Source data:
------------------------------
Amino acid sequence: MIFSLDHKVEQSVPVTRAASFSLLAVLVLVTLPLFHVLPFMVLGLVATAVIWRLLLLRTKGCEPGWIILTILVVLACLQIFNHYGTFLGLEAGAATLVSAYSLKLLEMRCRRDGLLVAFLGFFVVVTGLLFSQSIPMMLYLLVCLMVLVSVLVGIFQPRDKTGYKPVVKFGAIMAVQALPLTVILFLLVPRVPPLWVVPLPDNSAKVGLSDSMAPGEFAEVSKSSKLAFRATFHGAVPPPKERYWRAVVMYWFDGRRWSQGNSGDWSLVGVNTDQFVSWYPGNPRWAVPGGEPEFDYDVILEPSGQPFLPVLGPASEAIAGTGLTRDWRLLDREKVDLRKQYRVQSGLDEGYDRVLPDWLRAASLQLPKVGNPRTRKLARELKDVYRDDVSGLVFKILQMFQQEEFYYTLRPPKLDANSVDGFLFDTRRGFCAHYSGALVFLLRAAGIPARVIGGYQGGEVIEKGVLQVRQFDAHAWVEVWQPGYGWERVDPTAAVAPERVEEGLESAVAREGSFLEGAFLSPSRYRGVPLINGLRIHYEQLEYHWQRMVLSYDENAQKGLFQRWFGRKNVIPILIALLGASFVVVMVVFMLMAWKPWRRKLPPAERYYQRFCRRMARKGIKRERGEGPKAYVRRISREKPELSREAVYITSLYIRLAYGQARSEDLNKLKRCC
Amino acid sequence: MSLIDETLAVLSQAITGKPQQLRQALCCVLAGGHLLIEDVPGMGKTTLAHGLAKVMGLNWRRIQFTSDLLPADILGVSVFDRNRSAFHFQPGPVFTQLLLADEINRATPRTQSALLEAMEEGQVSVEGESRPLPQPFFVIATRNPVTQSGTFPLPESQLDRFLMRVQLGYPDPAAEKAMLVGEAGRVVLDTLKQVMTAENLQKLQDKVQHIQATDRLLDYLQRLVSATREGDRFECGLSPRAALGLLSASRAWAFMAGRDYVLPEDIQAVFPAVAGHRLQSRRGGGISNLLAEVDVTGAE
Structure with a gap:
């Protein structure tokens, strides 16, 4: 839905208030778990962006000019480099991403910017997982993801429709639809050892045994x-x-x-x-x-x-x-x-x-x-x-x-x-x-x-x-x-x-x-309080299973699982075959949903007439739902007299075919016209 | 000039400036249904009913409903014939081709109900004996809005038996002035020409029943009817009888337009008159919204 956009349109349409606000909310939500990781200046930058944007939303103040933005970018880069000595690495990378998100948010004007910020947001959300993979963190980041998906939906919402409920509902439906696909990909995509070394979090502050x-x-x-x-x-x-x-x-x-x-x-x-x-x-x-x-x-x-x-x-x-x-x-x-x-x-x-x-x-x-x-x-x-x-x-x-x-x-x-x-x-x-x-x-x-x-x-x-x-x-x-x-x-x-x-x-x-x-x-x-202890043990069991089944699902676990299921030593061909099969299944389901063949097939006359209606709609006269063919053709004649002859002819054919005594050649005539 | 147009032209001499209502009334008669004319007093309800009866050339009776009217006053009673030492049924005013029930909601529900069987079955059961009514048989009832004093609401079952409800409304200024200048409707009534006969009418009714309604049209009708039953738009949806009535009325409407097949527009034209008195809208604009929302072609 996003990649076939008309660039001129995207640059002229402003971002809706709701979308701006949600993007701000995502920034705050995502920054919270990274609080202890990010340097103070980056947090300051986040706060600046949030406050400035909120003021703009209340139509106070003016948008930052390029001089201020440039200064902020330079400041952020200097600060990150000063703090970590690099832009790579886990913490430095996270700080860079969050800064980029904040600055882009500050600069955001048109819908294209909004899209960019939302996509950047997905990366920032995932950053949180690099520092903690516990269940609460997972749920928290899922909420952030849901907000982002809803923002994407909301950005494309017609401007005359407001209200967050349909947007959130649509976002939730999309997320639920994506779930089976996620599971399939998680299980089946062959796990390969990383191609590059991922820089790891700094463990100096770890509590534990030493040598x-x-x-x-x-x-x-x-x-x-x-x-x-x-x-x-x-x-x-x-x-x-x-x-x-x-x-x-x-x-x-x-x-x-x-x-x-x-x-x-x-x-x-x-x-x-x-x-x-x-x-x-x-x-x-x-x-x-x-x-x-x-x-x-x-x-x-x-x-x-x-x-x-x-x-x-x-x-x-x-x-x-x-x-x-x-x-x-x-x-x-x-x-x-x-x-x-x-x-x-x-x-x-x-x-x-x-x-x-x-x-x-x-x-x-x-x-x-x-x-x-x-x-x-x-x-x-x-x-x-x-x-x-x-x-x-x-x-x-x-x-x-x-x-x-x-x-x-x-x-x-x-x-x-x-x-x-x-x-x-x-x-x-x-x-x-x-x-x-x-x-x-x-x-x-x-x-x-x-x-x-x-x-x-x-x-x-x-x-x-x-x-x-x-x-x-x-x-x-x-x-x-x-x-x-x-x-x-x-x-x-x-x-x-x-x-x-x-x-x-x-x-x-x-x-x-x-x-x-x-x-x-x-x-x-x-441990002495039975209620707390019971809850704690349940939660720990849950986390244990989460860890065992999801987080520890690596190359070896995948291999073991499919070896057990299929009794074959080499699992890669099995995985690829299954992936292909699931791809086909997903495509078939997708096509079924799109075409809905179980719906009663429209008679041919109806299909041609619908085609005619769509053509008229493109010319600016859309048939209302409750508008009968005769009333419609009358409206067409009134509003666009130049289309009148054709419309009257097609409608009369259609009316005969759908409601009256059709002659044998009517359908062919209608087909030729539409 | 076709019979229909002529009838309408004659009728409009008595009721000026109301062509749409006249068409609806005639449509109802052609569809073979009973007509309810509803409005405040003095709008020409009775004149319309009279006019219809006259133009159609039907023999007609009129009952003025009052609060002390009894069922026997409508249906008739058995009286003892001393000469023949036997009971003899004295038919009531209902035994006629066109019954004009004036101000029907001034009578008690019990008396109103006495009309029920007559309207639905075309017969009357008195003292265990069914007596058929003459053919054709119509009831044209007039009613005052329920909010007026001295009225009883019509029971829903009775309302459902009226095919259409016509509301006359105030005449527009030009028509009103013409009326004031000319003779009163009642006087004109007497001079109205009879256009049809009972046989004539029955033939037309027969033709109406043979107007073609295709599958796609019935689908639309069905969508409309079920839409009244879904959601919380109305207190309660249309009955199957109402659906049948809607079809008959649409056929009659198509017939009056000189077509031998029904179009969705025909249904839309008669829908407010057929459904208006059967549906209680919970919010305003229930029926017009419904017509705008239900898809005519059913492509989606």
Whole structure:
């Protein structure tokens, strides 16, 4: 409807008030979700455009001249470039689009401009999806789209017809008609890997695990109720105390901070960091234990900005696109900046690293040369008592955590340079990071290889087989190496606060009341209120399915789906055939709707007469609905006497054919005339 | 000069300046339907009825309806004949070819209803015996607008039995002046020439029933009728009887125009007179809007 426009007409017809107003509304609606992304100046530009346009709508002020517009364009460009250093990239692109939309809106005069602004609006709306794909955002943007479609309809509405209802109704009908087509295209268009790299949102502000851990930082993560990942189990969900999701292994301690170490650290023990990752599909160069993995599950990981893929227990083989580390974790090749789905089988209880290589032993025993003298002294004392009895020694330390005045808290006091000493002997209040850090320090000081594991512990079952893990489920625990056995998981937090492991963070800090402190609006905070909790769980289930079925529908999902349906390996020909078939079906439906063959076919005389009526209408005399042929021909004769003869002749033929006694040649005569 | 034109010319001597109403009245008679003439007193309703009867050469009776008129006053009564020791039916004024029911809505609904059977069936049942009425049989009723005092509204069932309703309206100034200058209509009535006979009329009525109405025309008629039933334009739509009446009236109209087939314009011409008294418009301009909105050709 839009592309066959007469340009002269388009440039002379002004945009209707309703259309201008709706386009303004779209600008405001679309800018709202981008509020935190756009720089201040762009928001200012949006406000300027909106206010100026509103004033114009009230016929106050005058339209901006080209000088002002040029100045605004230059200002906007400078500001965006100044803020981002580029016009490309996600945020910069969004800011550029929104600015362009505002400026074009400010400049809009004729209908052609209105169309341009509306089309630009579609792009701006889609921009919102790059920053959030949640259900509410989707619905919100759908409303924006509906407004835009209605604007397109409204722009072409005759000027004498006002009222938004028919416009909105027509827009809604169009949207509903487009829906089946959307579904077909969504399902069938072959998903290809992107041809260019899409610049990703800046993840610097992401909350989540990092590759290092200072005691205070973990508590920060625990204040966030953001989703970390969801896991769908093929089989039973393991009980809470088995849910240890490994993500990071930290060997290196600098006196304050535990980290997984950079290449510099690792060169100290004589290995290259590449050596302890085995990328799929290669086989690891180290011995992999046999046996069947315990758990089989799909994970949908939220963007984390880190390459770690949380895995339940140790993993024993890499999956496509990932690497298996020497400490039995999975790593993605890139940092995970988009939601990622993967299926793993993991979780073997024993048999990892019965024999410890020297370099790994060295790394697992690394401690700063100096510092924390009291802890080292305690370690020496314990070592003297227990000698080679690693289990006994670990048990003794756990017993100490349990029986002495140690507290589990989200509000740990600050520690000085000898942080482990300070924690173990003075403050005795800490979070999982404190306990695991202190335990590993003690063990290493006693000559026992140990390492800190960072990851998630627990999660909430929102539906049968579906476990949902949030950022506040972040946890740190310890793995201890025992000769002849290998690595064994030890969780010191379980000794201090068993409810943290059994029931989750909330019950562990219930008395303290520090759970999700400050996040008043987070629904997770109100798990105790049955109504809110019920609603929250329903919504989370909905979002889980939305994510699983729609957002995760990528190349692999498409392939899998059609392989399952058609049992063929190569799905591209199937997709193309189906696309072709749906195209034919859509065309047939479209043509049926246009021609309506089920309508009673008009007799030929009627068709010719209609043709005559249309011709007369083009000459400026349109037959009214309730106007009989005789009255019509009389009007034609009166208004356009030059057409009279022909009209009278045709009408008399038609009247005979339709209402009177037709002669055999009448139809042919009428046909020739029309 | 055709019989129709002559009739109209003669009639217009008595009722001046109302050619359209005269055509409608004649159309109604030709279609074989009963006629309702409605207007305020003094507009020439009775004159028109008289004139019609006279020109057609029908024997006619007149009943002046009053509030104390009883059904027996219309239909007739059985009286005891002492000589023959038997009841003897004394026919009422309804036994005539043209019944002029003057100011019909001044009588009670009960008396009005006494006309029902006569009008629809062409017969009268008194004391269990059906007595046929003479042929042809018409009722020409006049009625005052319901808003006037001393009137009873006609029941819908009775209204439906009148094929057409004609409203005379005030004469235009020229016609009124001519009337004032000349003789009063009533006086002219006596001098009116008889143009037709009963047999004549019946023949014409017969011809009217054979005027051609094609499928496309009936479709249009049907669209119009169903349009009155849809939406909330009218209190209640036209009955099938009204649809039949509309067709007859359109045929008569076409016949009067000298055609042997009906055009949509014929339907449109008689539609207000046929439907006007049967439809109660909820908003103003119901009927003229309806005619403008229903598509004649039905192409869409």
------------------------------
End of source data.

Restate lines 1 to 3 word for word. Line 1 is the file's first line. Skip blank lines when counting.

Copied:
Amino acid sequence: MIFSLDHKVEQSVPVTRAASFSLLAVLVLVTLPLFHVLPFMVLGLVATAVIWRLLLLRTKGCEPGWIILTILVVLACLQIFNHYGTFLGLEAGAATLVSAYSLKLLEMRCRRDGLLVAFLGFFVVVTGLLFSQSIPMMLYLLVCLMVLVSVLVGIFQPRDKTGYKPVVKFGAIMAVQALPLTVILFLLVPRVPPLWVVPLPDNSAKVGLSDSMAPGEFAEVSKSSKLAFRATFHGAVPPPKERYWRAVVMYWFDGRRWSQGNSGDWSLVGVNTDQFVSWYPGNPRWAVPGGEPEFDYDVILEPSGQPFLPVLGPASEAIAGTGLTRDWRLLDREKVDLRKQYRVQSGLDEGYDRVLPDWLRAASLQLPKVGNPRTRKLARELKDVYRDDVSGLVFKILQMFQQEEFYYTLRPPKLDANSVDGFLFDTRRGFCAHYSGALVFLLRAAGIPARVIGGYQGGEVIEKGVLQVRQFDAHAWVEVWQPGYGWERVDPTAAVAPERVEEGLESAVAREGSFLEGAFLSPSRYRGVPLINGLRIHYEQLEYHWQRMVLSYDENAQKGLFQRWFGRKNVIPILIALLGASFVVVMVVFMLMAWKPWRRKLPPAERYYQRFCRRMARKGIKRERGEGPKAYVRRISREKPELSREAVYITSLYIRLAYGQARSEDLNKLKRCC
Amino acid sequence: MSLIDETLAVLSQAITGKPQQLRQALCCVLAGGHLLIEDVPGMGKTTLAHGLAKVMGLNWRRIQFTSDLLPADILGVSVFDRNRSAFHFQPGPVFTQLLLADEINRATPRTQSALLEAMEEGQVSVEGESRPLPQPFFVIATRNPVTQSGTFPLPESQLDRFLMRVQLGYPDPAAEKAMLVGEAGRVVLDTLKQVMTAENLQKLQDKVQHIQATDRLLDYLQRLVSATREGDRFECGLSPRAALGLLSASRAWAFMAGRDYVLPEDIQAVFPAVAGHRLQSRRGGGISNLLAEVDVTGAE
Structure with a gap: